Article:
Wednesday, 18 September 2013

Advice taking is influenced by how you feel, and who you're feeling it toward

Work presents us with many sources of advice, from managers, coaches and consultants, to our colleagues and friends. Advice often leads to better decisions, but we're not always prepared to take it. Recent research has suggested a role for emotion: for instance, feeling angry makes us less likely to follow advice.
Now a new study by Ilona de Hooge, Peeter Verlegh and Stefanie Tzioti suggests that this comes down to two emotional properties: yes, positive or negative valence is crucial, but its influence depends on whether the emotion is directed inwards or towards another person.

The researchers ran five experiments, each with 50-120 undergraduates individually engaging with tasks through a computer screen. In both experiments one and two, either a positive or negative emotion was induced in each participant, who then had to select one of two activities to perform, one of which had been recommended by a 'co-participant' (actually a scripted part of the experiment).

In experiment one, the participants were induced to experience emotion directed at their advice-giving co-participant: in the gratitude condition, the co-participant had just solved a tough problem to earn both players a prize; in the anger condition they missed the prize by fluffing an easy problem, even though the real participant had urged them to adjust their answer.

In experiment two, the emotions induced in participants were directed inward, by the announcement - again to a fictional, computer generated group of co-participants - of contrived intelligence test results that either induced shame or pride in the participant.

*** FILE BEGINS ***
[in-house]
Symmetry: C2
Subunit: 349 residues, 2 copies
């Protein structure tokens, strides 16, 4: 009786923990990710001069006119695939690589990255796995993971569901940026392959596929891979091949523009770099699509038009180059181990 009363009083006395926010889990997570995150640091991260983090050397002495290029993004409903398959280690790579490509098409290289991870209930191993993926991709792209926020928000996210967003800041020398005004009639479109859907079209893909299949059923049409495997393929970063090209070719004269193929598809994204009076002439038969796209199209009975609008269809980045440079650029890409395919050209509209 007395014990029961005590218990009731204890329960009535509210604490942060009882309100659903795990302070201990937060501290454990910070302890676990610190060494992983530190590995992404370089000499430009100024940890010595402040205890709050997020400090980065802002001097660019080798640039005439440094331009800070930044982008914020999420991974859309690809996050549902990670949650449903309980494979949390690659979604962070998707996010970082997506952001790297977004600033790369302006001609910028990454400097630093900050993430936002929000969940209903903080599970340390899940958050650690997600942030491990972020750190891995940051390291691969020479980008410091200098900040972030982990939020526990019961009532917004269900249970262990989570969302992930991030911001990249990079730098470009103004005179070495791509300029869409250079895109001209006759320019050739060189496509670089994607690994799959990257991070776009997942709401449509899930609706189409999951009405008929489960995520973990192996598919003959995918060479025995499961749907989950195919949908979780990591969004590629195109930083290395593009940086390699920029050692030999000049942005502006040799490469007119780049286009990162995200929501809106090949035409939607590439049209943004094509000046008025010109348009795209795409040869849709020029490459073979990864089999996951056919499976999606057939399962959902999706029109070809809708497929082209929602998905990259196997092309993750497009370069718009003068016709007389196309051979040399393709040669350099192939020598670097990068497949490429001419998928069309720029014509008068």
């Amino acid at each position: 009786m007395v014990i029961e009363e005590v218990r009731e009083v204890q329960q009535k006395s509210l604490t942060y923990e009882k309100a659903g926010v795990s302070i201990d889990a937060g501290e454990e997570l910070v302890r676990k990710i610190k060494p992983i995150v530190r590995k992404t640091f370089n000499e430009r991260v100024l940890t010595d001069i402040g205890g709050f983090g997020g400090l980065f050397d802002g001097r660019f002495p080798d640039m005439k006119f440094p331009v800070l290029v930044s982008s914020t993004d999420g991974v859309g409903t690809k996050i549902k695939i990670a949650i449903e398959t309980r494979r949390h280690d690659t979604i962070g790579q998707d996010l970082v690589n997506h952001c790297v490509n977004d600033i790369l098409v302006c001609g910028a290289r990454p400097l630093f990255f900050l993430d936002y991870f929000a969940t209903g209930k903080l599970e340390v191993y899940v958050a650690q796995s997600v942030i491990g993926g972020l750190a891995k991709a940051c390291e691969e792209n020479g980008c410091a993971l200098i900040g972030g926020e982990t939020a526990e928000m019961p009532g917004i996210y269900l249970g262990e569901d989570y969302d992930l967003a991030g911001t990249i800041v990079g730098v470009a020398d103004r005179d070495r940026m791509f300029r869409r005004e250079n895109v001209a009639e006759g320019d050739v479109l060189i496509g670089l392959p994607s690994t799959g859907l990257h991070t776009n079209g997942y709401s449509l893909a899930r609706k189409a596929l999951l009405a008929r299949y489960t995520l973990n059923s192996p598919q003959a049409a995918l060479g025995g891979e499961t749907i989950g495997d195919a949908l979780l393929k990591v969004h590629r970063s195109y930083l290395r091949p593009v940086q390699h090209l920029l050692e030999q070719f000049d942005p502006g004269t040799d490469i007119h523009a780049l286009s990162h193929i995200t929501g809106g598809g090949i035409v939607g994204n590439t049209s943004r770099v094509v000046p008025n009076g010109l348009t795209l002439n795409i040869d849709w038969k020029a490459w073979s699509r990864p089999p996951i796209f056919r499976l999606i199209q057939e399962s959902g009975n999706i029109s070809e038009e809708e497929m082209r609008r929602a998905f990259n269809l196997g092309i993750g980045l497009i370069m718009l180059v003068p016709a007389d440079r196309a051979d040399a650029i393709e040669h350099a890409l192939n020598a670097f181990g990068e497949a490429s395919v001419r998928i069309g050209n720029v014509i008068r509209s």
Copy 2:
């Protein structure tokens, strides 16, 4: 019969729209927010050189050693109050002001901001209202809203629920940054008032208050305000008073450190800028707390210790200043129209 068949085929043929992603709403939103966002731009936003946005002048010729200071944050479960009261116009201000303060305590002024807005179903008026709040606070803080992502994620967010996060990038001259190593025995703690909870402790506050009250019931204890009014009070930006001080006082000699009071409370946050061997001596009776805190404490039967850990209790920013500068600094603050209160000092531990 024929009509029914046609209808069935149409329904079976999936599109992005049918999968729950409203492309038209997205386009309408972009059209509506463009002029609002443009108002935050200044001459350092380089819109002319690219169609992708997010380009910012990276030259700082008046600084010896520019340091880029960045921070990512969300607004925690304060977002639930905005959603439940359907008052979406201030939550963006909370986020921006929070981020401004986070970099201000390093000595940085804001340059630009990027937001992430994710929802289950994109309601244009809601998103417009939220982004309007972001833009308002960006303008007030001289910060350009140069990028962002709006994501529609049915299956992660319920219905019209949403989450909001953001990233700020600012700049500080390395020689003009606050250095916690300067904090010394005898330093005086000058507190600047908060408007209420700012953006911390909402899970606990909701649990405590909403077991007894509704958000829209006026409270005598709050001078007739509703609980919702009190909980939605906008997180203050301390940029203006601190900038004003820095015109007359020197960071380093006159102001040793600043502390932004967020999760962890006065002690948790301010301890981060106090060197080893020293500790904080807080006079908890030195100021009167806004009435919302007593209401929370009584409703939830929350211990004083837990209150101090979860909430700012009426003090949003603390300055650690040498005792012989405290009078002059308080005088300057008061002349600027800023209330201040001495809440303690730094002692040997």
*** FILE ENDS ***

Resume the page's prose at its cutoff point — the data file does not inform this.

When directed outward, positive emotion (i.e. gratitude), as compared with negative, encouraged advice-taking . What you feel about another person provides quick and dirty information about whether you find them capable or believe they have your best interests at heart. If you don't, best not to rely on them. But induced emotion was directed inward, the reverse effect was found, with negative emotion being associated with greater advice taking – just as de Hooge and her colleagues predicted. Self-directed emotion gives a shorthand for judging your own current capability and readiness to take action. If you feel bad about yourself, perhaps it's better to listen to others.

Maybe the effect was driven by tactics, not emotion -  if you think another is particularly smart, you're more willing to follow their lead. Subsequent experiments decoupled the emotion from the true capability of the co-participant, and expanded the decision task from a binary A-or-B to an estimate task (how much will this product sell?). Participants now recalled an autobiographical experience that involved one of the four emotions (such as pride), and were asked to associate this feeling with the co-participant before hearing their estimate and making a final decision. The data showed the same pattern as with the four previous emotions – advice taking increased for shame compared to pride, and gratitude compared to anger.

The experiments also showed that recalling a case of anger directed inward increased advice taking, whereas anger outward decreased it, and found weaker but marginally significant effects when emotion labels such as shame were done away with altogether, allowing participants to remember a generalised negative self-focused emotion in its place. This suggests that it is the valence-directionality combination that is critical, rather than idiosyncratic qualities of the specific emotions used.

A better understanding of how we become receptive to advice is going to lead to better decisions. We may need to think harder about how to reach people in different states; as the authors conclude, 'people experiencing negative, self-focused emotions such as shame or sadness might be the most likely to follow advice but may also be the least likely to seek advice in the first place.'

ResearchBlogging.orgIlona E. de Hooge, Peeter W. J. Verlegh, and Stephanie C. Tzioti (2013). Emotions in Advice Taking: The Roles of Agency and Valence Journal of Behavioral Decision Making DOI: 10.1002/bdm.1801

Further reading:
Bonaccio, S., & Dalal, R. S. (2006). Advice taking and decision making: An integrative literature review, and implications for the organizational sciences. Organizational Behavior and Human Decision Processes, 101, 127–151.

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